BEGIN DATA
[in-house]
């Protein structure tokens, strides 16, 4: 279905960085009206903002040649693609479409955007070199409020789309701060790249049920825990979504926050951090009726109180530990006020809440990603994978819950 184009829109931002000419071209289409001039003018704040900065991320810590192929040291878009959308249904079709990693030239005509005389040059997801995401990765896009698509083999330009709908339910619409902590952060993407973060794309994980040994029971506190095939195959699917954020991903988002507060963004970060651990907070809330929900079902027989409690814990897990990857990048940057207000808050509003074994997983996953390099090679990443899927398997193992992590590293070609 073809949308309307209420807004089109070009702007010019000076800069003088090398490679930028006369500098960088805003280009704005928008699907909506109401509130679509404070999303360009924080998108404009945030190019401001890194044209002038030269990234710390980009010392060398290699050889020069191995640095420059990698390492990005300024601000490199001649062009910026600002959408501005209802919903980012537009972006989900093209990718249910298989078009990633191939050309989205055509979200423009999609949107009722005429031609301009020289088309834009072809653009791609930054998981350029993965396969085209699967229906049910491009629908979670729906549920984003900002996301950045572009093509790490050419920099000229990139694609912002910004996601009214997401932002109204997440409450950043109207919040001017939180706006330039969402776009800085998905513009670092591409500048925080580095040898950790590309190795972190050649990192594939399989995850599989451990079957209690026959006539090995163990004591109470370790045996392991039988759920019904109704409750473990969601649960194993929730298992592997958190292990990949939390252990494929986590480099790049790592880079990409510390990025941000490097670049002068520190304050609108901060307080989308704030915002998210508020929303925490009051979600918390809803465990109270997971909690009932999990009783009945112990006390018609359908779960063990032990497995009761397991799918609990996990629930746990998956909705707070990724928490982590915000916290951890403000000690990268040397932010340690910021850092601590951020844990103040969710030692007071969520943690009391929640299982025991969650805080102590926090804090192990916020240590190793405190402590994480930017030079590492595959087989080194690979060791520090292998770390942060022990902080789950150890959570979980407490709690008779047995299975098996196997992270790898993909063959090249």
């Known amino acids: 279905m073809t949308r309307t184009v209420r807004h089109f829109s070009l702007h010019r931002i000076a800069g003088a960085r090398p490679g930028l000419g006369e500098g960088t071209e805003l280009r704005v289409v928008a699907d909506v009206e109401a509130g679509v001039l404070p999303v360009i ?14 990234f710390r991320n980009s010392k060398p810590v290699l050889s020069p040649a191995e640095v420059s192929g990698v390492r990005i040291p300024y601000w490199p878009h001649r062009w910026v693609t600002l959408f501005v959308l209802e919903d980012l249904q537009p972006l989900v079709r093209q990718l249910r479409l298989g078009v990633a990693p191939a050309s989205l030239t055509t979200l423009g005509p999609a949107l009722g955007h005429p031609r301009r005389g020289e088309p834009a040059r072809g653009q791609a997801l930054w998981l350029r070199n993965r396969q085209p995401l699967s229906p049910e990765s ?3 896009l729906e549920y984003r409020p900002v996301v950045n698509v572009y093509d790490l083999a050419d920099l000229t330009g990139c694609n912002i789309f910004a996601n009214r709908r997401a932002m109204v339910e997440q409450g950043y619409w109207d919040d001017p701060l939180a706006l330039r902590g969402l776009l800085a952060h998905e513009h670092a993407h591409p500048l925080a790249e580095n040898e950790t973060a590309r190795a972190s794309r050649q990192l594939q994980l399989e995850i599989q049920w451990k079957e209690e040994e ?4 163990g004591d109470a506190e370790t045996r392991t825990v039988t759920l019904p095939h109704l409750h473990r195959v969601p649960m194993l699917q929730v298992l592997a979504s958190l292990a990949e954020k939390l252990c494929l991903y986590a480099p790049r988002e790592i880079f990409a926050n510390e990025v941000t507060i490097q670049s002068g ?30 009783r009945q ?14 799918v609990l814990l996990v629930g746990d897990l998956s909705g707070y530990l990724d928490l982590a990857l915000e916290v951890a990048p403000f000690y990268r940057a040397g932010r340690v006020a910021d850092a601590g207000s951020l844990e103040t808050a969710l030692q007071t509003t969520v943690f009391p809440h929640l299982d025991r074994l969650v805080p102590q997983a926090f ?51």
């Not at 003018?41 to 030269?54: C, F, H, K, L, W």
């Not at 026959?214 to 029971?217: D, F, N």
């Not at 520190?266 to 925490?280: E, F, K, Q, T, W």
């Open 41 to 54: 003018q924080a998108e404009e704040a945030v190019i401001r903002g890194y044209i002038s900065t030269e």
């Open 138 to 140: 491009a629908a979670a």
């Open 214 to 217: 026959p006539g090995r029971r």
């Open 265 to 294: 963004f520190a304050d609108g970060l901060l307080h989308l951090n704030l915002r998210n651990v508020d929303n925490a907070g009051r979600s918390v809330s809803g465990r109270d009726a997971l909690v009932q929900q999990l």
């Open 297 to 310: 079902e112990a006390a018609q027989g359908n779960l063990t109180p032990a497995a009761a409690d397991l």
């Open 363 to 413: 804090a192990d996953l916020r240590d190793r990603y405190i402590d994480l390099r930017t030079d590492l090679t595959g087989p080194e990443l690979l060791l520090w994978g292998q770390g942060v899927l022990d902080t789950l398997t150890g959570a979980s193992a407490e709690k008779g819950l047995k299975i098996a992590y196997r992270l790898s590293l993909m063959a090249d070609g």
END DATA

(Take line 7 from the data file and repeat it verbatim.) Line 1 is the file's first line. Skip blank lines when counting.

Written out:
């Open 41 to 54: 003018q924080a998108e404009e704040a945030v190019i401001r903002g890194y044209i002038s900065t030269e």